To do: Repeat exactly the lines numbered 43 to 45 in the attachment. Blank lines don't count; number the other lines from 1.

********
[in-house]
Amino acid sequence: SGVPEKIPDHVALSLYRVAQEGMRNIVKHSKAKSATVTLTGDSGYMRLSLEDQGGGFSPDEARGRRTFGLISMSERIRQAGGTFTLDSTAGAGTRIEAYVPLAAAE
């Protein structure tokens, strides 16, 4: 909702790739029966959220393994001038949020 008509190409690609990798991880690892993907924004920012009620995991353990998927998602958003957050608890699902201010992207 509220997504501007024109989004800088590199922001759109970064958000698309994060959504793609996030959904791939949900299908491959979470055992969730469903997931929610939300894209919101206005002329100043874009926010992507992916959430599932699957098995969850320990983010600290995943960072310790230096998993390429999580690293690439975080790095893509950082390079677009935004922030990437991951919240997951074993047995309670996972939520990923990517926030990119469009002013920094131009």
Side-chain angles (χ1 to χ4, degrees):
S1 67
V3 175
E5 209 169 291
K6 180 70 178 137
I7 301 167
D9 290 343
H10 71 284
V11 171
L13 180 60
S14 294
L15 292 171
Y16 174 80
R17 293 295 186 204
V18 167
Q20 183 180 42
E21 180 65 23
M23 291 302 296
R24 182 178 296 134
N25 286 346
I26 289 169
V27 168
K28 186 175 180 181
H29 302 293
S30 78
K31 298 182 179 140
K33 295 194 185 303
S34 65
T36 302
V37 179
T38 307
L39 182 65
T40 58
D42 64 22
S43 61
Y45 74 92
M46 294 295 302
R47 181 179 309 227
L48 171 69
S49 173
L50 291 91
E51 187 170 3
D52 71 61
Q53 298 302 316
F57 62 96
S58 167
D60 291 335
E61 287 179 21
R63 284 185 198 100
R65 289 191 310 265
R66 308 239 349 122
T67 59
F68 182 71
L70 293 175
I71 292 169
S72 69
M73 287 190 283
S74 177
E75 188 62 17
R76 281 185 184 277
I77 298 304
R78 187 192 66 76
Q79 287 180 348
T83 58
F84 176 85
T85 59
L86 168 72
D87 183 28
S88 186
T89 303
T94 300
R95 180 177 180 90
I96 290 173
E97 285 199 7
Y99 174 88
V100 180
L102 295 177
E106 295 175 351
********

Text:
S49 173
L50 291 91
E51 187 170 3